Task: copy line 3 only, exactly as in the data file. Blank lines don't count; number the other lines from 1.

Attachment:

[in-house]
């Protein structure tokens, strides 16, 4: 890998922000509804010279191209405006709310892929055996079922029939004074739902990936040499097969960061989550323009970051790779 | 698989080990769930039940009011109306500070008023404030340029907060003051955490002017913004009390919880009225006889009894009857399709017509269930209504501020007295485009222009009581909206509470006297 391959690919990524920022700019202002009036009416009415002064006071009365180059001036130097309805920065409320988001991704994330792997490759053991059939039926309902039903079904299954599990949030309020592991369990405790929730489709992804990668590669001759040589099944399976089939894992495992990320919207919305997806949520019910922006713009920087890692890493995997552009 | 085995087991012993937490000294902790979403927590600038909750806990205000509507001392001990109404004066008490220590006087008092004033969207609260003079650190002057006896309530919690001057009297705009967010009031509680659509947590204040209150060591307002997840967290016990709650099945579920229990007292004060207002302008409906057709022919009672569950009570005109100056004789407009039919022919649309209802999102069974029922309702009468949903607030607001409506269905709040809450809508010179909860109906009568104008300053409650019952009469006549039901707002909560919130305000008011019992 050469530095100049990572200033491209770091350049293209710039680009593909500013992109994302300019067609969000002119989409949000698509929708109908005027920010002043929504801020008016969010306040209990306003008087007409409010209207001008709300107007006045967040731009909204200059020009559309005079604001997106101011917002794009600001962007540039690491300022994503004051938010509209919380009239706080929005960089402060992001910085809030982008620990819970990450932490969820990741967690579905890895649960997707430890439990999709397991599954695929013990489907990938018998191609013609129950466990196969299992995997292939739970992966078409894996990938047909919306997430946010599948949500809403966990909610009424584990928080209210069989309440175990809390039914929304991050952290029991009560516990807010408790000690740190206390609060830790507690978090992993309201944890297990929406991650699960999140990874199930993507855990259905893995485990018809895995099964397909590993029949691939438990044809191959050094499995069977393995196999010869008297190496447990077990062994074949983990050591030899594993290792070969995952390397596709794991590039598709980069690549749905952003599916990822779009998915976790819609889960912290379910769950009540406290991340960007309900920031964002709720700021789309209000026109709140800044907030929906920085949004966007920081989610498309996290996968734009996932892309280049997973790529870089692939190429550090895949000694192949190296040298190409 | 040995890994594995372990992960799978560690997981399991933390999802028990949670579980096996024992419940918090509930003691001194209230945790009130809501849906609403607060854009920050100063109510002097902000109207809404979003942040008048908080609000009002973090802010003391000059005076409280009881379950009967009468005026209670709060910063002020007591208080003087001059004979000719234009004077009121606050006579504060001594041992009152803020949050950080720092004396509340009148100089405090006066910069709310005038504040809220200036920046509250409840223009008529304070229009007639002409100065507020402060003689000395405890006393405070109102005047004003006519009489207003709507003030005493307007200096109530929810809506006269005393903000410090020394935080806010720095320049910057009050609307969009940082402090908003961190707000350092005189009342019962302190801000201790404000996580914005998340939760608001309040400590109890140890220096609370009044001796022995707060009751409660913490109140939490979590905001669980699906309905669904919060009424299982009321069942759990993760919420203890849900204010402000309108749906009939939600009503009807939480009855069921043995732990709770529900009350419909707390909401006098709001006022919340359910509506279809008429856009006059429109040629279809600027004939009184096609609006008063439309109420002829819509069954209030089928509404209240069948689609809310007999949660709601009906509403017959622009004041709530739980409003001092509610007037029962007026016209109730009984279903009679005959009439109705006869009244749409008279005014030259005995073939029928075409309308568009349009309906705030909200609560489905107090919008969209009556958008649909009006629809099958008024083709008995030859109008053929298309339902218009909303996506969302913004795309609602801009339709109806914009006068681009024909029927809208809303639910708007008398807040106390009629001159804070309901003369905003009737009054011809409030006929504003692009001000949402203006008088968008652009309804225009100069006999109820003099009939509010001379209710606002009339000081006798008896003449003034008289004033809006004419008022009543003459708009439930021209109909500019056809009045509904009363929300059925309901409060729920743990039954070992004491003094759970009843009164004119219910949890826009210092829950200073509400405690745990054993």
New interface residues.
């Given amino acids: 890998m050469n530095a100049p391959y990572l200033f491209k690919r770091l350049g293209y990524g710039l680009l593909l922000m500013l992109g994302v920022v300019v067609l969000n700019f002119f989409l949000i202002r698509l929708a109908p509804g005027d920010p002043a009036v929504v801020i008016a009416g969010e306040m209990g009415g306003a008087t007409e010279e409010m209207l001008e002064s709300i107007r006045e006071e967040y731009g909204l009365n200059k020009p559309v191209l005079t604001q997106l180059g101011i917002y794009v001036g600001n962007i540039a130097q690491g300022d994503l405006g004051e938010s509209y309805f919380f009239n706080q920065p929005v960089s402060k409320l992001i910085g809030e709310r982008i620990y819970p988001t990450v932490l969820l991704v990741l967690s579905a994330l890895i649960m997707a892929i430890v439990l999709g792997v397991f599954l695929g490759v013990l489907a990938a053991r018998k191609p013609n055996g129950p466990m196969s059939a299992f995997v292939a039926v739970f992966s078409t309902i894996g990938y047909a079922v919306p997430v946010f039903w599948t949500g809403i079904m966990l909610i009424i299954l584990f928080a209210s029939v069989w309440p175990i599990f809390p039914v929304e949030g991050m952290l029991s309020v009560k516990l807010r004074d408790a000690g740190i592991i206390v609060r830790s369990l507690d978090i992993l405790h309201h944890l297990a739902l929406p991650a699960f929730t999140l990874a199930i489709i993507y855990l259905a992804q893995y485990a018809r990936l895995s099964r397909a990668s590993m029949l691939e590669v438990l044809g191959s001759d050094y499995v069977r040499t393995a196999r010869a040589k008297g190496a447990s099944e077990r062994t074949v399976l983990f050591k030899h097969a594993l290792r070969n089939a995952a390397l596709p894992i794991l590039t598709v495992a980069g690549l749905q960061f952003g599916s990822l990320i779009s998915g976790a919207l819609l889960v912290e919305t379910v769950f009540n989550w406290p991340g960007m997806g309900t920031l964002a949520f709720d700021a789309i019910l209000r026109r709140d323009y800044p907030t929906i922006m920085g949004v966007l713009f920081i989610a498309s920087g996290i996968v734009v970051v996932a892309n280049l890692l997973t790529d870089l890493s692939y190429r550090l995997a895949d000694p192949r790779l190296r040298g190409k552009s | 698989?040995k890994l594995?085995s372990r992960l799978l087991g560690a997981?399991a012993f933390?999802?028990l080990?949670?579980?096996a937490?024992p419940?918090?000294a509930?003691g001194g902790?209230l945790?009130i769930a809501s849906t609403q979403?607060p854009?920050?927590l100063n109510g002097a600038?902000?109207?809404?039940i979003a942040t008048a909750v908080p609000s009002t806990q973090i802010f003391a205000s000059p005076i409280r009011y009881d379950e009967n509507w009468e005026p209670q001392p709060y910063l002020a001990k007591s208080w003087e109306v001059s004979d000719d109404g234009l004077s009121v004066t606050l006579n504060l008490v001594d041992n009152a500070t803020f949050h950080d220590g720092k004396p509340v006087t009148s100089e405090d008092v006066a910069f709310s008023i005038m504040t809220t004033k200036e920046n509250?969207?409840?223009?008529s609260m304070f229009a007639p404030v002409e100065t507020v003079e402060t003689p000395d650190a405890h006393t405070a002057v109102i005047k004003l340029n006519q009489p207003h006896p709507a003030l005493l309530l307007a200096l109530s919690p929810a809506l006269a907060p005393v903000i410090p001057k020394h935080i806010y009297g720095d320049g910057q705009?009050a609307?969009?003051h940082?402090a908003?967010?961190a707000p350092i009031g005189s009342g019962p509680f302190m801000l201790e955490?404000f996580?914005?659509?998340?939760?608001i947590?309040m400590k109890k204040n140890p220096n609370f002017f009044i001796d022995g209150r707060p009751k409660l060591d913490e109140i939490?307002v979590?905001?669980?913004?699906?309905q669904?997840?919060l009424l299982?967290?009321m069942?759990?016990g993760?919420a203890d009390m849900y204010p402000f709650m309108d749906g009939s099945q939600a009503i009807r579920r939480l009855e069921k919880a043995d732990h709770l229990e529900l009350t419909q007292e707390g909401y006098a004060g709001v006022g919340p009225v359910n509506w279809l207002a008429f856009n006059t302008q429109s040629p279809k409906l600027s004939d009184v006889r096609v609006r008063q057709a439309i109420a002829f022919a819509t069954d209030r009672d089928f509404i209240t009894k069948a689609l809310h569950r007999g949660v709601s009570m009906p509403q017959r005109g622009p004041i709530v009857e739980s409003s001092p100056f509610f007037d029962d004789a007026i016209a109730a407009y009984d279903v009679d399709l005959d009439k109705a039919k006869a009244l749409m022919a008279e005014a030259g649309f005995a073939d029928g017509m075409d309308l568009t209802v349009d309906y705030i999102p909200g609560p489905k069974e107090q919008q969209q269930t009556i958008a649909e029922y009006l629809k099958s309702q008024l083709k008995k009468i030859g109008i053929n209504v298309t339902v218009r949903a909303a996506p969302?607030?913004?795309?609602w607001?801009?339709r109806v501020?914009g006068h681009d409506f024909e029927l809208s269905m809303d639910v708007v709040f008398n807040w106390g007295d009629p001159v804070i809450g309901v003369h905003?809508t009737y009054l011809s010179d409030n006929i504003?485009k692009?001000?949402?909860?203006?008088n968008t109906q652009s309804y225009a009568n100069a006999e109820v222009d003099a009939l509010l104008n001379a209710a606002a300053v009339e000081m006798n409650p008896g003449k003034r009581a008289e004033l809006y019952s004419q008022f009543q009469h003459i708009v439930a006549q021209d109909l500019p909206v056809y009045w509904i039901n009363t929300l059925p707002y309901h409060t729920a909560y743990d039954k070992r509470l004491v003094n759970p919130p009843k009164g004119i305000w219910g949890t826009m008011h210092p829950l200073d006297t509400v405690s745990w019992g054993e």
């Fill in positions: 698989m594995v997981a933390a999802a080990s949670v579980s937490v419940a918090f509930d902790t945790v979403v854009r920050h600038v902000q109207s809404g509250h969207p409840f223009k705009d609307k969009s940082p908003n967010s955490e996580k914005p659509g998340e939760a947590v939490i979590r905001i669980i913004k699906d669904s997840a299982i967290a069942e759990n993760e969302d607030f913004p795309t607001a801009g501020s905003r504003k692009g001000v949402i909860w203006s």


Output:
New interface residues.